The Tampa Bay Buccaneers are a professional American football team based in Tampa, Florida. The Buccaneers compete in the National Football League as a member club of the league’s National Football Conference South division. The club joined the National Football League in as an expansion team, along with the Seattle Seahawks, and played its first season in the American Football Conference West division. Prior to the season, Tampa Bay switched conferences and divisions with Seattle, becoming a member of the NFC Central division. As a result of the league’s realignment prior to the season, the Buccaneers joined three former NFC West teams to form the NFC South. The club is owned by the Glazer family and plays its home games at Raymond James Stadium in Tampa.
The Buccaneers have won two Super Bowl championships and, along with the Baltimore Ravens, are the only two National Football League franchises who are undefeated in multiple Super Bowl appearances. They were regarded as a perennial losing franchise for most of their first two decades due to suffering 26 consecutive losses in their first two seasons and 14 consecutive losing seasons from 1983 to 1996. Despite these early struggles, Tampa Bay is the first post-merger expansion team to clinch a division title, win a playoff game, and host a conference championship; feats they accomplished by their fourth season in 1979. The team’s image improved by the time of their first championship in 2002, also the first for a franchise built after the merger, but they would not win another playoff game until their second Super Bowl championship season in 2020. Concurrent to the lack of success outside of their Super Bowl wins, the Buccaneers hold the National Football League’s lowest winning percentage at.404.
Hugh Culverhouse era
John McKay years
The Buccaneers joined the National Football League as members of the AFC West in 1976. The following year, they were moved to the NFC Central, while the other 1976 expansion team, the Seattle Seahawks, switched conferences with Tampa Bay and joined the AFC West. This realignment was dictated by the league as part of the 1976 expansion plan, so that both teams could play each other twice and every other National Football League franchise once during their first two seasons. Instead of a traditional schedule of playing each division opponent twice, the Buccaneers played every conference team once, plus the Seahawks.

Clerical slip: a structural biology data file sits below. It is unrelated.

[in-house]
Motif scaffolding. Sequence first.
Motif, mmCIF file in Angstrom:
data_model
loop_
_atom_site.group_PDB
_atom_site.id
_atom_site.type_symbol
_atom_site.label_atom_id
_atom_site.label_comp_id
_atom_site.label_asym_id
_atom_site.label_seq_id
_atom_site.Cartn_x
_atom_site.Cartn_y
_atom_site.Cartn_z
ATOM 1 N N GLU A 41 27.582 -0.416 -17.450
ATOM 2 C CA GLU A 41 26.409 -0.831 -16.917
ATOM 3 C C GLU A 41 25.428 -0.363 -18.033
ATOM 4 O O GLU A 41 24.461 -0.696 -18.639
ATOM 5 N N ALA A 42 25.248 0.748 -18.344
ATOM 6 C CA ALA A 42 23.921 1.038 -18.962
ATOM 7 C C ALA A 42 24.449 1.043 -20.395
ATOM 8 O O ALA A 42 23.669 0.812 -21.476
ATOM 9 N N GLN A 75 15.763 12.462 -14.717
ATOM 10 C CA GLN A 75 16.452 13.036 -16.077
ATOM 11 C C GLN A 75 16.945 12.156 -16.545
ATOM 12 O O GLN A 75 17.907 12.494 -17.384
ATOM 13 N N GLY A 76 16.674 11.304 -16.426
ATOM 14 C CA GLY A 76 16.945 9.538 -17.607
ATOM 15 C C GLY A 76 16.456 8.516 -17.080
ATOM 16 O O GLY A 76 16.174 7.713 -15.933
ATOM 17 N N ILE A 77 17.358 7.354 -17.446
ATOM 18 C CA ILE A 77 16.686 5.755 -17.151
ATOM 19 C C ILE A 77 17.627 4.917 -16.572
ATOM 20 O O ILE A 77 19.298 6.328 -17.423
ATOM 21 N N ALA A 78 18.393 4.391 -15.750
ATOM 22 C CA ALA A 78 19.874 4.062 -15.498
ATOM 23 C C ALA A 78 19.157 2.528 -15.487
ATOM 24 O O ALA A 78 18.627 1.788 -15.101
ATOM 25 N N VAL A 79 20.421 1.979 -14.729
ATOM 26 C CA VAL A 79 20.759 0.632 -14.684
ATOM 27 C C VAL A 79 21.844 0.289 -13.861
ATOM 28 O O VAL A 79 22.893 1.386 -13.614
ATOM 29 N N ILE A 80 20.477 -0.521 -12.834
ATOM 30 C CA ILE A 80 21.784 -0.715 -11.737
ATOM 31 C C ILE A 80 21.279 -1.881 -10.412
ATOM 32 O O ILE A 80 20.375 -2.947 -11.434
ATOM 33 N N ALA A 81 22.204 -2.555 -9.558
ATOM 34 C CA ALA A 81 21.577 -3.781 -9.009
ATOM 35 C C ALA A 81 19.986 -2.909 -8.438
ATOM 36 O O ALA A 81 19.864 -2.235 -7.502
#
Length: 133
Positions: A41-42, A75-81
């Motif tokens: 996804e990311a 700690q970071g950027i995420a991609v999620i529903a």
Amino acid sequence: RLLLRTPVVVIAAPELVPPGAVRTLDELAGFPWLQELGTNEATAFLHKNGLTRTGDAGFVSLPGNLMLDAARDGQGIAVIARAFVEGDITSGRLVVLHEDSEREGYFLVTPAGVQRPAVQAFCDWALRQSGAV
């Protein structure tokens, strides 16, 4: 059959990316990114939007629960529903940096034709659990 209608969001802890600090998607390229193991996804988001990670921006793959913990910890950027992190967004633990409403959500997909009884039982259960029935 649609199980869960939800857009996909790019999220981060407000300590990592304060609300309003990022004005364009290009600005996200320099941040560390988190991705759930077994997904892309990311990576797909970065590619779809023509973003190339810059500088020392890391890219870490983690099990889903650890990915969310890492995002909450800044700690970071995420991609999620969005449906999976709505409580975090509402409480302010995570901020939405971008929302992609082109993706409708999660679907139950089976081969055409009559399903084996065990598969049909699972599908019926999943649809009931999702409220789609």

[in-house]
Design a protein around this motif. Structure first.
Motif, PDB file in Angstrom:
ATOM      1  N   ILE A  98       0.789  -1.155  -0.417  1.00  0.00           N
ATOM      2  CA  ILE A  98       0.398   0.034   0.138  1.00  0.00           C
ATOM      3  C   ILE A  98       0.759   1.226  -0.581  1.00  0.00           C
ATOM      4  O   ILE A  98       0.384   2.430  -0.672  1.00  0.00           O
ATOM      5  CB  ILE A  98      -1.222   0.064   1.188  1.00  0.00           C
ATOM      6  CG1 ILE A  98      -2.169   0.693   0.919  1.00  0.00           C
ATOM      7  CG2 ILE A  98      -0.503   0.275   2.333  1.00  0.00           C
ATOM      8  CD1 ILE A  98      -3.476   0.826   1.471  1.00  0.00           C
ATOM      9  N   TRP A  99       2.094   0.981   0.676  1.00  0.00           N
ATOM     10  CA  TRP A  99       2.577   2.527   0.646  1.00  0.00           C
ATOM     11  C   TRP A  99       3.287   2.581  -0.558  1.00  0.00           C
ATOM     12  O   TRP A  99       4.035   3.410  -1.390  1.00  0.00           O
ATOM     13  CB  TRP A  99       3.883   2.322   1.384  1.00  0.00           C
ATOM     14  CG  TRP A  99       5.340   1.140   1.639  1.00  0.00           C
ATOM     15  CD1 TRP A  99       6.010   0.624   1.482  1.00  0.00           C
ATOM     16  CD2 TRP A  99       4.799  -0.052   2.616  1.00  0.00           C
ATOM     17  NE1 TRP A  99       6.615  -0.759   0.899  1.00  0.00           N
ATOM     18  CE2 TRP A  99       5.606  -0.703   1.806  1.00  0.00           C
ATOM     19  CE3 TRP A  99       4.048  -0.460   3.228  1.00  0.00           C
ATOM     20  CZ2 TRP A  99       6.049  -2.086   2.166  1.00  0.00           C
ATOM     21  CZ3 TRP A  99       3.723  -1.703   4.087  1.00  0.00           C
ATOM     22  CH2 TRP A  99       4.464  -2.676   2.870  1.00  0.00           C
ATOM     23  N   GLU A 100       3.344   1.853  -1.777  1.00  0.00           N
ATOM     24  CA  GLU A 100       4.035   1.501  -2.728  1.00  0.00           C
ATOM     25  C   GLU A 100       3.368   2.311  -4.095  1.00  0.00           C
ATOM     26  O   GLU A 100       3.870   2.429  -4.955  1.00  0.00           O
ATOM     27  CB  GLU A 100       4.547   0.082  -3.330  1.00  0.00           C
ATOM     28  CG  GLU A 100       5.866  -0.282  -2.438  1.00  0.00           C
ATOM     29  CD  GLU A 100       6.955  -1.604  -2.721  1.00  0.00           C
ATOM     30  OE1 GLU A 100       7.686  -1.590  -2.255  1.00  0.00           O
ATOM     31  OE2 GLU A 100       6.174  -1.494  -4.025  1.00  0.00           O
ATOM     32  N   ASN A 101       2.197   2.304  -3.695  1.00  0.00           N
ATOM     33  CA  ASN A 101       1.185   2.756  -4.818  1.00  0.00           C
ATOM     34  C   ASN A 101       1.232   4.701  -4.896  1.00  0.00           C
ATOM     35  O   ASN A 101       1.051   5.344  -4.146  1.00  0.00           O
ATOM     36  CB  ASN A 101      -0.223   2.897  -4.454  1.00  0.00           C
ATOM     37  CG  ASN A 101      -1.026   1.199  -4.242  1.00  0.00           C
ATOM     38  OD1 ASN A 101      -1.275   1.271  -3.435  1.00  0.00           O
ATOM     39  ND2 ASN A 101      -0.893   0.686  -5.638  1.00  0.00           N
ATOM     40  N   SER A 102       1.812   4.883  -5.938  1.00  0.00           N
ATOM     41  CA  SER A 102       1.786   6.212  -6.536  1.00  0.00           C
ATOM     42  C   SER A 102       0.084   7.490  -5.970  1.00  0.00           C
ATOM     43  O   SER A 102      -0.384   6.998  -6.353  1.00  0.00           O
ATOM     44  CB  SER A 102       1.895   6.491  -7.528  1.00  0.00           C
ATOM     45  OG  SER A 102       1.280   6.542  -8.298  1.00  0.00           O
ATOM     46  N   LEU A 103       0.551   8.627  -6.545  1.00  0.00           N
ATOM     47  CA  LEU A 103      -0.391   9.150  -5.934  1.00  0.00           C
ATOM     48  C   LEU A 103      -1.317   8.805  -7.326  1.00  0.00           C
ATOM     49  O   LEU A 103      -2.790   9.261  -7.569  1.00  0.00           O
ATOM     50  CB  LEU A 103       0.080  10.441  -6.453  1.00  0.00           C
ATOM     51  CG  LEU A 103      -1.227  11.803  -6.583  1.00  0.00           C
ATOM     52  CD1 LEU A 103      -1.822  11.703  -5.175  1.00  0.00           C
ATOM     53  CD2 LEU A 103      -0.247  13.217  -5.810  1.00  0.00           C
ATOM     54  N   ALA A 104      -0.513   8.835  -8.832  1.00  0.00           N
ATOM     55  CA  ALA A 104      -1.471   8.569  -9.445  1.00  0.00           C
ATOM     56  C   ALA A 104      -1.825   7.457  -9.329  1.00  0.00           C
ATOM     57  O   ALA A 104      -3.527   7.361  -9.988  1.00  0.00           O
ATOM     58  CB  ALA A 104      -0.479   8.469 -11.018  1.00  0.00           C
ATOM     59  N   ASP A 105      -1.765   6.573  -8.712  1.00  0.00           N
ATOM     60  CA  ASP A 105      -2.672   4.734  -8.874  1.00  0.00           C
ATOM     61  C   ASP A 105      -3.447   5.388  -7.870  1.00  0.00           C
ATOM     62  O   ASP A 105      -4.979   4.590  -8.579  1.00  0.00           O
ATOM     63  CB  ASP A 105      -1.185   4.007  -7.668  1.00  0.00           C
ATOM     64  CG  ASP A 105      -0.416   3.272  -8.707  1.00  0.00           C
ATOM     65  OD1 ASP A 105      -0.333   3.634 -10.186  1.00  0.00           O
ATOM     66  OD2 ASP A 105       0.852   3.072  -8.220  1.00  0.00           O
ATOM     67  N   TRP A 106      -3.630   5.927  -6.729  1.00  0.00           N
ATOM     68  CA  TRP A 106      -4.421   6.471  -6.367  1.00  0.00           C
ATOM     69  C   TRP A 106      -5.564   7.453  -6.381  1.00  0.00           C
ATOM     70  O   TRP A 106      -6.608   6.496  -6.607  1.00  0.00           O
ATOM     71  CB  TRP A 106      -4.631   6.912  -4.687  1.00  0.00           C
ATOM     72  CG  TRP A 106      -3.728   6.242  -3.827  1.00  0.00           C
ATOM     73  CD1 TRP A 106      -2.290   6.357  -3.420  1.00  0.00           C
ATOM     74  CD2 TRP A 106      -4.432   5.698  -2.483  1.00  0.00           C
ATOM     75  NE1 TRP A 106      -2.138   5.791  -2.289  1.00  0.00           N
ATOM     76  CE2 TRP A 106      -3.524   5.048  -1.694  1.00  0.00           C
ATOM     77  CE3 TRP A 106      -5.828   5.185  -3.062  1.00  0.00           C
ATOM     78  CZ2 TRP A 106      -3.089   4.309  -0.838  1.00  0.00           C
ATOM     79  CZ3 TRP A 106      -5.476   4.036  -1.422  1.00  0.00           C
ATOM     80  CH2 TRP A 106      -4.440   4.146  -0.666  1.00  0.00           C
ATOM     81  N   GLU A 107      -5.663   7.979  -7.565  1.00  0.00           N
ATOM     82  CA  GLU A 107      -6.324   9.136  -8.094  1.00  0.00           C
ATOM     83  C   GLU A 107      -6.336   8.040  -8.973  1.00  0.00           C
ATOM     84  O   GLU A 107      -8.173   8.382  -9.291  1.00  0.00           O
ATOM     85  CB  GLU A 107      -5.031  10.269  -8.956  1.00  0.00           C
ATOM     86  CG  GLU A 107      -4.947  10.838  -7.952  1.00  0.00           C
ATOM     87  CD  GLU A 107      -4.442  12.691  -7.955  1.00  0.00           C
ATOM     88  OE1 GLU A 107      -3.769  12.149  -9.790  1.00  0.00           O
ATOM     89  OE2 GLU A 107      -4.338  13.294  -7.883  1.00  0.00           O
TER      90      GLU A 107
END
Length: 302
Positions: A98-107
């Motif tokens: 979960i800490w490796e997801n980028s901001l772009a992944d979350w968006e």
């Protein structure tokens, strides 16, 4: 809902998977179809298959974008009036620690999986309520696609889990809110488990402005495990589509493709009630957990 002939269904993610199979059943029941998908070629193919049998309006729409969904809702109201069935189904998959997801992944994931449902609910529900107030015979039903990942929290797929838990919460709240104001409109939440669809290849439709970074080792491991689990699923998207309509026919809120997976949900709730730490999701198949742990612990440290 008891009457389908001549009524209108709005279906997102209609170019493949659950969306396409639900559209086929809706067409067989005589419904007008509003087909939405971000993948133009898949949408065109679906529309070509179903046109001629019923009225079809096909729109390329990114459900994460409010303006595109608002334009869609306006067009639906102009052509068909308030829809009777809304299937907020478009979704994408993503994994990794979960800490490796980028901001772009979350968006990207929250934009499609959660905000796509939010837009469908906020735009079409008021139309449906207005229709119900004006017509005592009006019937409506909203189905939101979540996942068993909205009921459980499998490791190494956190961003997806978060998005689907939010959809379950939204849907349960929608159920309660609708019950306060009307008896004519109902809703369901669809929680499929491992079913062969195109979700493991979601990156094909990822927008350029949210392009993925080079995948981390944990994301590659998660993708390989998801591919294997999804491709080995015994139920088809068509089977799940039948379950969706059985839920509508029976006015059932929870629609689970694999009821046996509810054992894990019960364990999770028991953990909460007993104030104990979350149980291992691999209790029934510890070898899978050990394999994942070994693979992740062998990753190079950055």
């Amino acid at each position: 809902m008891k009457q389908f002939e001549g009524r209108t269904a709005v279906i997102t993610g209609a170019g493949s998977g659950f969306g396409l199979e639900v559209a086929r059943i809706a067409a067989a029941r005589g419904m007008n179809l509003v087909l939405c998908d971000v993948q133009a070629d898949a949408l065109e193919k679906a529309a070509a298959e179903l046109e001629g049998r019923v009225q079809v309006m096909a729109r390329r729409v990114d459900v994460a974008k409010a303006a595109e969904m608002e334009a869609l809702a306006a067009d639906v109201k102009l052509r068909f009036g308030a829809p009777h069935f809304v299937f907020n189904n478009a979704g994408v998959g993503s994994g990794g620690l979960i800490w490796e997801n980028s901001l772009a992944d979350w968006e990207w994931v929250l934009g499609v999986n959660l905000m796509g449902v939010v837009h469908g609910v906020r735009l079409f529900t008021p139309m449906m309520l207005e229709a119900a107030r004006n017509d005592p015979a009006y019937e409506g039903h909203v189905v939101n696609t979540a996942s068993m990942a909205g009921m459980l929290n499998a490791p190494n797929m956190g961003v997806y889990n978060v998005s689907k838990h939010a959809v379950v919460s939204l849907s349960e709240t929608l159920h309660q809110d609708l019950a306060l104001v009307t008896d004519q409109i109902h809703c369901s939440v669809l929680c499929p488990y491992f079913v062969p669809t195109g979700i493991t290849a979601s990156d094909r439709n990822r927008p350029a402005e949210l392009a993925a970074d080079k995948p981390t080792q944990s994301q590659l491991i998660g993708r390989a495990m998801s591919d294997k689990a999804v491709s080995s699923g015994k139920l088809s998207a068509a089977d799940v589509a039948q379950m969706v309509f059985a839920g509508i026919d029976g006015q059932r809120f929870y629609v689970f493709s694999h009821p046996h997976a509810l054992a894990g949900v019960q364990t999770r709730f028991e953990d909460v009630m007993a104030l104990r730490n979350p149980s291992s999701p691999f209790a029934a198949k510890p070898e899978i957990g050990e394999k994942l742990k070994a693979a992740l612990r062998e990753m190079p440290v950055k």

Tampa Bay did not win their first game until the 13th week of their second season, starting with a record of 0–26. Until the Detroit Lions in 2008, the 1976 Bucs were the only Super Bowl-era team to go winless in a whole season. Their losing streak caused them to become the butt of late-night television comedians’ jokes. Their first win came in December 1977, on the road against the New Orleans Saints. The Saints’ head coach, Hank Stram, was fired after losing to the Buccaneers. Tampa Bay needed one more week to get their second victory, a home win over the St. Louis Cardinals in the 1977 season finale. The Cardinals also fired their coach, Don Coryell, shortly afterward.
The Bucs’ situation improved rapidly in the 1979 season. With the maturation of quarterback Doug Williams and future four-time Pro Bowl tight end Jimmie Giles, the first 1,000-yard rushing season from running back Ricky Bell, and a smothering, league-leading defense led by future National Football League Hall of Famer Lee Roy Selmon, the Bucs kicked off the season with five consecutive victories, a performance that landed them on the cover of Sports Illustrated.